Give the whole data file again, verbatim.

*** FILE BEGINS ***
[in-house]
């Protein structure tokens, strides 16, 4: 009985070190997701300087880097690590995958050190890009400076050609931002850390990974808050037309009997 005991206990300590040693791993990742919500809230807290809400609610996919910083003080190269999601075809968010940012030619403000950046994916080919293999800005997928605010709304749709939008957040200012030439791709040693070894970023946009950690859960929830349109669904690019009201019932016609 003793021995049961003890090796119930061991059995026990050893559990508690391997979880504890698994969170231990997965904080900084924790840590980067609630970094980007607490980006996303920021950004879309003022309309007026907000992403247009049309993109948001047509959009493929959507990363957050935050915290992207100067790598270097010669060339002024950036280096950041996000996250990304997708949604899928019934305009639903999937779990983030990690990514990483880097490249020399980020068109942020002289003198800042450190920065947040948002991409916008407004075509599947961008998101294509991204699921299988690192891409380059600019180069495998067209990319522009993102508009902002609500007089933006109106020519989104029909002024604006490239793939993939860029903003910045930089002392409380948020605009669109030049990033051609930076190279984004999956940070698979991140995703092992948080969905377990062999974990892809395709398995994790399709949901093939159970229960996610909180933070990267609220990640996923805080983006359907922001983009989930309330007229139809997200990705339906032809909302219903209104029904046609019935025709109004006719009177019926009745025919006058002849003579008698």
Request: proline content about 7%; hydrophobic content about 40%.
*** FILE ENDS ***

[in-house]
């Protein structure tokens, strides 16, 4: 009985070190997701300087880097690590995958050190890009400076050609931002850390990974808050037309009997 005991206990300590040693791993990742919500809230807290809400609610996919910083003080190269999601075809968010940012030619403000950046994916080919293999800005997928605010709304749709939008957040200012030439791709040693070894970023946009950690859960929830349109669904690019009201019932016609 003793021995049961003890090796119930061991059995026990050893559990508690391997979880504890698994969170231990997965904080900084924790840590980067609630970094980007607490980006996303920021950004879309003022309309007026907000992403247009049309993109948001047509959009493929959507990363957050935050915290992207100067790598270097010669060339002024950036280096950041996000996250990304997708949604899928019934305009639903999937779990983030990690990514990483880097490249020399980020068109942020002289003198800042450190920065947040948002991409916008407004075509599947961008998101294509991204699921299988690192891409380059600019180069495998067209990319522009993102508009902002609500007089933006109106020519989104029909002024604006490239793939993939860029903003910045930089002392409380948020605009669109030049990033051609930076190279984004999956940070698979991140995703092992948080969905377990062999974990892809395709398995994790399709949901093939159970229960996610909180933070990267609220990640996923805080983006359907922001983009989930309330007229139809997200990705339906032809909302219903209104029904046609019935025709109004006719009177019926009745025919006058002849003579008698």
Request: proline content about 7%; hydrophobic content about 40%.